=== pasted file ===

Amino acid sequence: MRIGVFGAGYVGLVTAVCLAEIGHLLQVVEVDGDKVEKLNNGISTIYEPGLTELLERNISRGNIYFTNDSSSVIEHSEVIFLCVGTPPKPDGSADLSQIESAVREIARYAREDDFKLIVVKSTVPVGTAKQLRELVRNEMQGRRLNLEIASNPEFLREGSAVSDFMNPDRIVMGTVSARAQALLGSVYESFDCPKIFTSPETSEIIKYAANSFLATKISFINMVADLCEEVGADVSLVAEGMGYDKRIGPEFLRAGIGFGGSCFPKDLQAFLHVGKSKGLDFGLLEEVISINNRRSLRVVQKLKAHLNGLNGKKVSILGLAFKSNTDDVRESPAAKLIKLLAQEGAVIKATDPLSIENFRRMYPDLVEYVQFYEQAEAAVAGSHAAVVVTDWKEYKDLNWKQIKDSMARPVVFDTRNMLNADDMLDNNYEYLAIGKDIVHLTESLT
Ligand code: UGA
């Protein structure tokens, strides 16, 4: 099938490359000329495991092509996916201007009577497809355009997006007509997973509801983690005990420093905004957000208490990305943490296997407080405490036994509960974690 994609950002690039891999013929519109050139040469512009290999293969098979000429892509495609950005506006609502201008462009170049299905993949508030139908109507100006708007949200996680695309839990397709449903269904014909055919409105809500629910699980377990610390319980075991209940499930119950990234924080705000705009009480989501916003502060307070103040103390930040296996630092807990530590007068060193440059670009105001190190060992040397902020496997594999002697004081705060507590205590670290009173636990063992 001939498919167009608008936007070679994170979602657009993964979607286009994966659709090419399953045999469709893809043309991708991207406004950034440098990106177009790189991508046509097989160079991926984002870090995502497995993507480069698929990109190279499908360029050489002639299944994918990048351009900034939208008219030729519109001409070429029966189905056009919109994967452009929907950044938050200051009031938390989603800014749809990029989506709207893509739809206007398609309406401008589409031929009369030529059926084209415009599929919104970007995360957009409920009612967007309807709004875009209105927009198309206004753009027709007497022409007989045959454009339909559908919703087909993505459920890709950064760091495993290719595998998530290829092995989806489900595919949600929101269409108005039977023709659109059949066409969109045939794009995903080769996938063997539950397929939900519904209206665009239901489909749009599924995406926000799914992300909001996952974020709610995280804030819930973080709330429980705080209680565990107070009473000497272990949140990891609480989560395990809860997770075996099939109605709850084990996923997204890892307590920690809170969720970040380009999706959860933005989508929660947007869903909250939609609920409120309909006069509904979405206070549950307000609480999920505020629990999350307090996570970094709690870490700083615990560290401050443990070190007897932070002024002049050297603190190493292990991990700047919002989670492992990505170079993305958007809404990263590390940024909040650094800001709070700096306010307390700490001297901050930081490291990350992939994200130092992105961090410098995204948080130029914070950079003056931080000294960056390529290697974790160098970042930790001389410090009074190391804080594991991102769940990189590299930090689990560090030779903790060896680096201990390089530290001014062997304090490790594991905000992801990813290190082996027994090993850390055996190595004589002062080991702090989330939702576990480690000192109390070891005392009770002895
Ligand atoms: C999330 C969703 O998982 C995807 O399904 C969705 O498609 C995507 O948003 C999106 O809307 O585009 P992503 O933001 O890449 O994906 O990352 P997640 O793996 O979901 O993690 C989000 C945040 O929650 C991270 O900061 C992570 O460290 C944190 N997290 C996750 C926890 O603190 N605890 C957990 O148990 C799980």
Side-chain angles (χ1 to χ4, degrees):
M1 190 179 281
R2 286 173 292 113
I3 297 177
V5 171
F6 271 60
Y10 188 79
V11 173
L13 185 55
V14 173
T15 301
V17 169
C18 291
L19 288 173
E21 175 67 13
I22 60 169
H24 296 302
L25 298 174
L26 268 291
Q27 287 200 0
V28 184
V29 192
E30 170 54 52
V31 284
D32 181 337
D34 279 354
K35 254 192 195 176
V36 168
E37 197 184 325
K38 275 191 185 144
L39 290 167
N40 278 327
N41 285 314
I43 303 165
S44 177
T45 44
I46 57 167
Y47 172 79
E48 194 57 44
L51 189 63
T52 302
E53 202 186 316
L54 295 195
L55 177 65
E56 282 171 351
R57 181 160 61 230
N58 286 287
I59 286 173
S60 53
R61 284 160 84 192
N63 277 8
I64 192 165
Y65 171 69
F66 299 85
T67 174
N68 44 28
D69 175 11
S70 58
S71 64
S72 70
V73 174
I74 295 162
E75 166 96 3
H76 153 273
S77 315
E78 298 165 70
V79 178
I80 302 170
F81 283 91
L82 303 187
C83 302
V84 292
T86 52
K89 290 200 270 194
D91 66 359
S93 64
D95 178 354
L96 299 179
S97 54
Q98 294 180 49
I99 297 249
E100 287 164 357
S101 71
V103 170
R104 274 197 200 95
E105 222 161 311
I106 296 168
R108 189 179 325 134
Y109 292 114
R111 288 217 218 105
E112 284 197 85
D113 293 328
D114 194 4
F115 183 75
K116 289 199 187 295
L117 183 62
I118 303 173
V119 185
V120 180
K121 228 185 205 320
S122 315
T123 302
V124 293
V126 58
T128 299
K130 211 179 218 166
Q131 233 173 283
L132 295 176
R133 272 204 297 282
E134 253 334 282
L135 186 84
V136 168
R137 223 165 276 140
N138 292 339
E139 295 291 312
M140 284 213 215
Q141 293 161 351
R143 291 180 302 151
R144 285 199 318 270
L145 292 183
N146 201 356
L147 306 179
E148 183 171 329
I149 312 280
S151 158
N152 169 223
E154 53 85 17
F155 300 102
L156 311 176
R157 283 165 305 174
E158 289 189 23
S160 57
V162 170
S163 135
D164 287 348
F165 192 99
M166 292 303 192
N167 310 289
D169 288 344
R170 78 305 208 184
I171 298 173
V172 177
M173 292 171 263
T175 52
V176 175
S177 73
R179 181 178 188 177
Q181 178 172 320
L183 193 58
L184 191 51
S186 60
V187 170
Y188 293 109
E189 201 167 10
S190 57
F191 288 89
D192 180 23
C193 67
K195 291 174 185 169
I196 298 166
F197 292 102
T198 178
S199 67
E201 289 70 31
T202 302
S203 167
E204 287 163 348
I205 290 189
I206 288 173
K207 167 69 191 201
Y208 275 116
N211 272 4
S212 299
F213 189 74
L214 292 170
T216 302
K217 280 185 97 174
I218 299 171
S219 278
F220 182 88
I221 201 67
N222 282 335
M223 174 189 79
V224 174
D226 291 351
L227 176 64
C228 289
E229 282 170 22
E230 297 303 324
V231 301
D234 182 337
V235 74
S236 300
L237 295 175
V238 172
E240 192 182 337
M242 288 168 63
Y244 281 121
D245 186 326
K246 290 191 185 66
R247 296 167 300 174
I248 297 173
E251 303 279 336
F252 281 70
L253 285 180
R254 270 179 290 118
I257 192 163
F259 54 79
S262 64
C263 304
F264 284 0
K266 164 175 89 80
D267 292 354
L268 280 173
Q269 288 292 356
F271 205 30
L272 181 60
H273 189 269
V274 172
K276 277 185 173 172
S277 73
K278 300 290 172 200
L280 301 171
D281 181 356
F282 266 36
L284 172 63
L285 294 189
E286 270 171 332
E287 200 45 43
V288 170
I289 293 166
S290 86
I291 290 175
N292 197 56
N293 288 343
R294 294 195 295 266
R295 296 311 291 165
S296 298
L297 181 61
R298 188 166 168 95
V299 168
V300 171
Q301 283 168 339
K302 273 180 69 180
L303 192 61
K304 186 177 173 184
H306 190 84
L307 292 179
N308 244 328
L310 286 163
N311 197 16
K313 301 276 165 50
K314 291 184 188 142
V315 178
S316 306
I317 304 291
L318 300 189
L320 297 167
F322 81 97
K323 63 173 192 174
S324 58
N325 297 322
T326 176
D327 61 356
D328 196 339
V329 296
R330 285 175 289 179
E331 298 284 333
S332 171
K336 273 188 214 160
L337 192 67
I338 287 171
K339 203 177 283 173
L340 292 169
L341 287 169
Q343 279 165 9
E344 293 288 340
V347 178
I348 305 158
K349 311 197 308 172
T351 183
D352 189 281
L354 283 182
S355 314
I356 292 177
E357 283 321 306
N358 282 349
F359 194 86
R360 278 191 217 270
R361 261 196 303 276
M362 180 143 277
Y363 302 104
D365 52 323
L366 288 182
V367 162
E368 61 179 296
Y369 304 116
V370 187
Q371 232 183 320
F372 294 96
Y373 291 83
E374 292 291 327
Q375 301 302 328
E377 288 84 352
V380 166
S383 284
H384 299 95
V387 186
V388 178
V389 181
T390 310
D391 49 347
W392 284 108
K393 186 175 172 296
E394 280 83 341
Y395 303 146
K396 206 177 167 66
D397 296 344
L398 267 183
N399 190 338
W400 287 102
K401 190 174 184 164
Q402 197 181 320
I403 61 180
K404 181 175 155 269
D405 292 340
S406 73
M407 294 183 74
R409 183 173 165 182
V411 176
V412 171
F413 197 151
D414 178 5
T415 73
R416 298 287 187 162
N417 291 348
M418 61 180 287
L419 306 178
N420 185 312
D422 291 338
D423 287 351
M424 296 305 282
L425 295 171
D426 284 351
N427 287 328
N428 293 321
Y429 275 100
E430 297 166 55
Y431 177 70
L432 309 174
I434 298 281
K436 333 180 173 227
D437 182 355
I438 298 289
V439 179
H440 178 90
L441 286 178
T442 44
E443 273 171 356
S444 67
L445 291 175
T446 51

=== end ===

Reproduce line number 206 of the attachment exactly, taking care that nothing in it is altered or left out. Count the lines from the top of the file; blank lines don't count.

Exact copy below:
I248 297 173